Jessie and the Toy Boys Biography

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Genres: Pop

Jessie Malakouti is ready to push some

buttons.

Upon introduction, her

disarming smile and runway-ready blonde

beauty might inspire you to quickly peg her

as the latest addition to pop music's growing

army of disco dolls. But you would be wrong.

Jessie is far more than merely meets the eye.

As the voice and creative mastermind behind

Jessie and the Toy Boys, she reveals herself

to be a clever, driven young woman on a

mission.

"I don't mind that people

approach me with one attitude and leave with

another," Jessie says. "I like having the

power to play with stereotypes... and then

shatter them. It's fun and gratifying."



First and foremost, Jessie smashes

preconceived notions by being the primary

architect of her band's sound. This girl can

write. Every note of every song is the result

of a self-imposed musical boot-camp that saw

the artist immerse -- and isolate -- herself

in the European club underground.



"I'd been in a band that left me feeling

like I needed to break out of my comfort zone

and gather new perspective and experience,"

she says. "So, I went to the U.K., which is

where a lot of important and trend-setting

music is made. I went alone. I needed to live

by my musical wits and instincts for a while,

and see where it took me."

It was a

brave move that tested Jessie's

determination. "I won't deny that those first

few days were difficult," she recalls. "It's

challenging to be that far from the places

and people who feel familiar and safe. I even

contemplated giving up and going home at one

point. But that feeling didn't last very

long. The intention behind going abroad was

to grow, and to learn more about who I am as

a person and as an artist. You can't achieve

that without a little pain, so I toughed it

out."

The result of Jessie's

determination is a sound that brings

listeners to the next sonic dimension of

electronic-rooted pop music. The first

single, "Push It" (featuring a playful rap

interlude by Yelawolf), combines an urgent

club bassline with vibrant, sixties-spiked

girl-group colors. Jessie's vocal, by turns,

has sex-kitten and brash, rock-diva

qualities.

"A great song, to me, is

one that sticks to your brain long after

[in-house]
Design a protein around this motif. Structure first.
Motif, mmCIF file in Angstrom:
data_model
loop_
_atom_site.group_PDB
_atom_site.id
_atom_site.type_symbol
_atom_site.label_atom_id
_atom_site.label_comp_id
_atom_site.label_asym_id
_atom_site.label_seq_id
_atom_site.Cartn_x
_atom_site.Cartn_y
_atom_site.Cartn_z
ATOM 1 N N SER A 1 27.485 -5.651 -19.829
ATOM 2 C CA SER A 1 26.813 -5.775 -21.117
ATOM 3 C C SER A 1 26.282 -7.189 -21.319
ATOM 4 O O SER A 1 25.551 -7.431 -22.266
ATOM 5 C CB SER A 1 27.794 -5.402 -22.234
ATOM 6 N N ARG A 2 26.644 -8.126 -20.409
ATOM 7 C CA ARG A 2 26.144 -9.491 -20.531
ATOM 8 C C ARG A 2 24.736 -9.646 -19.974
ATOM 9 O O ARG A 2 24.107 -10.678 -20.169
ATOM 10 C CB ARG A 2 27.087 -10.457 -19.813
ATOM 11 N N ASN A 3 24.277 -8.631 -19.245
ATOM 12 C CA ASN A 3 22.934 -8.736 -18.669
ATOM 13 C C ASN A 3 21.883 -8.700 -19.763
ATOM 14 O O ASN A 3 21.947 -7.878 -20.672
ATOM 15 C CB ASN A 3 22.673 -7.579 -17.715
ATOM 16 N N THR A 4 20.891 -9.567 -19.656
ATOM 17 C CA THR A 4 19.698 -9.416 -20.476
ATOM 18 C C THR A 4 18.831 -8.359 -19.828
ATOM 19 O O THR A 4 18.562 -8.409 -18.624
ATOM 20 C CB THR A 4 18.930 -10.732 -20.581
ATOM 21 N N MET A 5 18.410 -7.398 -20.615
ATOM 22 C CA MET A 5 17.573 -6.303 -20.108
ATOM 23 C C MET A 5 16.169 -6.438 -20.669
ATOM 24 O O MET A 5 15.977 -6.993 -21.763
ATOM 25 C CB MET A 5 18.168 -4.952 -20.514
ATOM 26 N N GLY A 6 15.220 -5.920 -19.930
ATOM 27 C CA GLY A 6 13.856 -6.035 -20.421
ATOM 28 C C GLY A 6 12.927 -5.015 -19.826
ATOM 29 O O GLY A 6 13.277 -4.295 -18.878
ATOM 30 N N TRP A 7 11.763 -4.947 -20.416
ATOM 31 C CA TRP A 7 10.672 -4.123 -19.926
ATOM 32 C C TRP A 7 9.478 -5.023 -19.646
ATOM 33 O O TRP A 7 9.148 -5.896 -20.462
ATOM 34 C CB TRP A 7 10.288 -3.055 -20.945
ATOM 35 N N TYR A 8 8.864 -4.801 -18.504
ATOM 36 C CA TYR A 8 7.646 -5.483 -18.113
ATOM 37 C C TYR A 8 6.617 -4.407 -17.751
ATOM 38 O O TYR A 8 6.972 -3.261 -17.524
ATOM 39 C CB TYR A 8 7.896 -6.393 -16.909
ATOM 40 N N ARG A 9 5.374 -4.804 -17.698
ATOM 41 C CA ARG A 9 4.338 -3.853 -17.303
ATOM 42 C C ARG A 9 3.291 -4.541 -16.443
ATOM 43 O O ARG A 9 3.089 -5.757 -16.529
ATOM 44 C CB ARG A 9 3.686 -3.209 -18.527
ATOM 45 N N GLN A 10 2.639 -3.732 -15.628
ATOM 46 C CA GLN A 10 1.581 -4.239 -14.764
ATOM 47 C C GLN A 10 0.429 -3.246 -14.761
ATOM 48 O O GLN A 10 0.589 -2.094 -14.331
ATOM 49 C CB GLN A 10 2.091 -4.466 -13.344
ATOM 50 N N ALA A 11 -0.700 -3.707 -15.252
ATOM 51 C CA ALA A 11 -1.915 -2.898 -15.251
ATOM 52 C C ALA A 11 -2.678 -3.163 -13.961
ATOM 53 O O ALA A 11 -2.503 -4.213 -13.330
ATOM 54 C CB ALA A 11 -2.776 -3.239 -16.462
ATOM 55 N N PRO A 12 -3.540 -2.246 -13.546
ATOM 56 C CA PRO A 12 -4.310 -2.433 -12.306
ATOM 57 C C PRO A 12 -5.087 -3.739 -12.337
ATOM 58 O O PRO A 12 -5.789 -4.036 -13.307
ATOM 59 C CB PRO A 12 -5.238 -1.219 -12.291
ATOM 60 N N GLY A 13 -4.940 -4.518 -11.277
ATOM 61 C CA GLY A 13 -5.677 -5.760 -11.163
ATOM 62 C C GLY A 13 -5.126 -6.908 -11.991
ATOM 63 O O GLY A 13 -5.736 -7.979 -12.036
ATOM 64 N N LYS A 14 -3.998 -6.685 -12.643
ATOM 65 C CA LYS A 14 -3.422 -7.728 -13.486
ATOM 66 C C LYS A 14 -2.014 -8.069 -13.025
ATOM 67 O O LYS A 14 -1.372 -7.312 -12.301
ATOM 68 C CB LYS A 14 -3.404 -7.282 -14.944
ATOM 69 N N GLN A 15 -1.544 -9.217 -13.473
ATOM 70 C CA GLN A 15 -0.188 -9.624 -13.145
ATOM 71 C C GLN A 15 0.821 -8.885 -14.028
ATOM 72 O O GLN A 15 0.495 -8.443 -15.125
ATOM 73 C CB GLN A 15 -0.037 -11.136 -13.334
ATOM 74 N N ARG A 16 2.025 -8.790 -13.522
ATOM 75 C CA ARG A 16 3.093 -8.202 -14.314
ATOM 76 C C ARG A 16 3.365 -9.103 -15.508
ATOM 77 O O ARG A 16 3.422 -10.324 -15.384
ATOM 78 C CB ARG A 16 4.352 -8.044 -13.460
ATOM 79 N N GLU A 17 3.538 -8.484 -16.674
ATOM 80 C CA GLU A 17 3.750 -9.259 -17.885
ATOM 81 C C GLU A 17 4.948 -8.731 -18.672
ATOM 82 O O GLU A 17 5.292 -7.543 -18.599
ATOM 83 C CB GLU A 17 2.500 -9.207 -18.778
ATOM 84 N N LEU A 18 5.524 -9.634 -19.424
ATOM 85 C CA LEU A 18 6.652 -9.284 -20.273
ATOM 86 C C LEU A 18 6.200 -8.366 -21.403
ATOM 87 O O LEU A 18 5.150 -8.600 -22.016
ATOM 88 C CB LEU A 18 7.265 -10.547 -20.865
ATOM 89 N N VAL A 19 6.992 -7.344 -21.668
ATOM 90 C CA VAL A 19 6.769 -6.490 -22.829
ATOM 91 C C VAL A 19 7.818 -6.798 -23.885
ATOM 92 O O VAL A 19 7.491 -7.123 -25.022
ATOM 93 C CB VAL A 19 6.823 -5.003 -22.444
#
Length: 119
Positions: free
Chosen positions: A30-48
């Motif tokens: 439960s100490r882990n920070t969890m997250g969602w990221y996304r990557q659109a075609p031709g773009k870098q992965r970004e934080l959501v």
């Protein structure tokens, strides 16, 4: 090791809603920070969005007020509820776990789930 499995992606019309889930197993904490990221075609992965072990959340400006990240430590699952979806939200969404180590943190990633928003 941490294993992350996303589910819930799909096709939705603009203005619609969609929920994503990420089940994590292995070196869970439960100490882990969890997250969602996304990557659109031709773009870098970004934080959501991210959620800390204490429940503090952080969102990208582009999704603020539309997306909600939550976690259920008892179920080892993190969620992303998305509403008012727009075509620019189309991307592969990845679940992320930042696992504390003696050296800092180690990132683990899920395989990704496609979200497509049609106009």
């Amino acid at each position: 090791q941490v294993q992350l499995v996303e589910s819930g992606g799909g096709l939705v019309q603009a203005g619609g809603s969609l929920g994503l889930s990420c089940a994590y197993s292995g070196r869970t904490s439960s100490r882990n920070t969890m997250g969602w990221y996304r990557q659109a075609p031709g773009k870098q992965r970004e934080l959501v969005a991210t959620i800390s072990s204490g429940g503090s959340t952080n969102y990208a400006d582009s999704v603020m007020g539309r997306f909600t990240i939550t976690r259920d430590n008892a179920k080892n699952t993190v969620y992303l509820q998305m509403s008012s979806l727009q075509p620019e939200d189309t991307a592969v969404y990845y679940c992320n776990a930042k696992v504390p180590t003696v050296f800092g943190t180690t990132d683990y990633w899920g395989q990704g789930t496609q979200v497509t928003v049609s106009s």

you've heard it for the first time," Jessie

says. "What I'm trying to accomplish is music

that is catchy, but smart. Part of that is

combining elements of different genres in

ways that you might not imagine working

together at first."

Jessie deftly

succeeds in her creative mission with songs

like the new-wave-spiced "Valentine" and the

introspective, retro-soul-infused "Long Way

From Home." It is during these songs, in

particular, that Jessie most effectively

proves herself as a vessel for widely varied

concepts, while also indicating a remarkable

talent for genre interpretation.



It's been an intriguing journey up to

this point for Jessie Malakouti. This

enigmatic bombshell admits to starting her

own rock band just to piss off her parents

and then promptly left home at 16. Growing up

in rough patches around Southern California's

Inland Empire added a dark tinge to her savvy

pop outlook.

Going from friends'

sofas to audition to odd job and back again,

Jessie would live off various paid

acting/dance gigs as well as teaching at the

local dance studio. She earned her stripes by

fronting her rock band Shut Up Stella hitting

the sweaty LA club scene and building a West

Coast fan base.

Then things started

to change. "I just wasn't in the same head

space anymore," says Jessie, "they wanted to

carry on making angry music and I was writing

happy pop songs."

From there, Jessie

began to believe that she could navigate her

own creative ship. "When you have a vision

for yourself, you have to take risks," she

says. "I'm completely comfortable with that,

because I decided a while ago that I was

going to live or die by my own sword. I'd

rather people love me or hate me, nothing in

between, thanks."

Given what Jessie

Malakouti has beneath the surface, there's

little chance that her future is anything but

bright. If there's a boundary, Jessie is

going to push it.






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